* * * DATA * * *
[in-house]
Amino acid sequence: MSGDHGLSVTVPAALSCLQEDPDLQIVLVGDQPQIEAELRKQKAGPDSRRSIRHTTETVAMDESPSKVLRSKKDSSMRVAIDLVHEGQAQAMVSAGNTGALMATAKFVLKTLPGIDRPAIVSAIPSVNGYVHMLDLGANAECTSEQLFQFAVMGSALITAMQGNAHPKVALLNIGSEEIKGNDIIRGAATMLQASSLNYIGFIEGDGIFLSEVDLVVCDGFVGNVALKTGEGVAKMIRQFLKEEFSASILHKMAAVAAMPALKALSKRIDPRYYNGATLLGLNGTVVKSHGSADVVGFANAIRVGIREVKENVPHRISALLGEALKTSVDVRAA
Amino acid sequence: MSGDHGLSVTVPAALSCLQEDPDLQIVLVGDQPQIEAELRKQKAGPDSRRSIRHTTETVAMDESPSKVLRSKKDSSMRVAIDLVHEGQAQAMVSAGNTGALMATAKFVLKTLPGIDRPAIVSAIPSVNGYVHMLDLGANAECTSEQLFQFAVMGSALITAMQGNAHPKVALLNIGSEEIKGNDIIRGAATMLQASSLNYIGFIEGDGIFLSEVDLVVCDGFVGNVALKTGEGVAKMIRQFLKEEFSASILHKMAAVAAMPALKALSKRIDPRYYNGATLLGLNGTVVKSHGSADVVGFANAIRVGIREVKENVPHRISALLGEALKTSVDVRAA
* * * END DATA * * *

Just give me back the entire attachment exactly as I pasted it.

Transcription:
[in-house]
Amino acid sequence: MSGDHGLSVTVPAALSCLQEDPDLQIVLVGDQPQIEAELRKQKAGPDSRRSIRHTTETVAMDESPSKVLRSKKDSSMRVAIDLVHEGQAQAMVSAGNTGALMATAKFVLKTLPGIDRPAIVSAIPSVNGYVHMLDLGANAECTSEQLFQFAVMGSALITAMQGNAHPKVALLNIGSEEIKGNDIIRGAATMLQASSLNYIGFIEGDGIFLSEVDLVVCDGFVGNVALKTGEGVAKMIRQFLKEEFSASILHKMAAVAAMPALKALSKRIDPRYYNGATLLGLNGTVVKSHGSADVVGFANAIRVGIREVKENVPHRISALLGEALKTSVDVRAA
Amino acid sequence: MSGDHGLSVTVPAALSCLQEDPDLQIVLVGDQPQIEAELRKQKAGPDSRRSIRHTTETVAMDESPSKVLRSKKDSSMRVAIDLVHEGQAQAMVSAGNTGALMATAKFVLKTLPGIDRPAIVSAIPSVNGYVHMLDLGANAECTSEQLFQFAVMGSALITAMQGNAHPKVALLNIGSEEIKGNDIIRGAATMLQASSLNYIGFIEGDGIFLSEVDLVVCDGFVGNVALKTGEGVAKMIRQFLKEEFSASILHKMAAVAAMPALKALSKRIDPRYYNGATLLGLNGTVVKSHGSADVVGFANAIRVGIREVKENVPHRISALLGEALKTSVDVRAA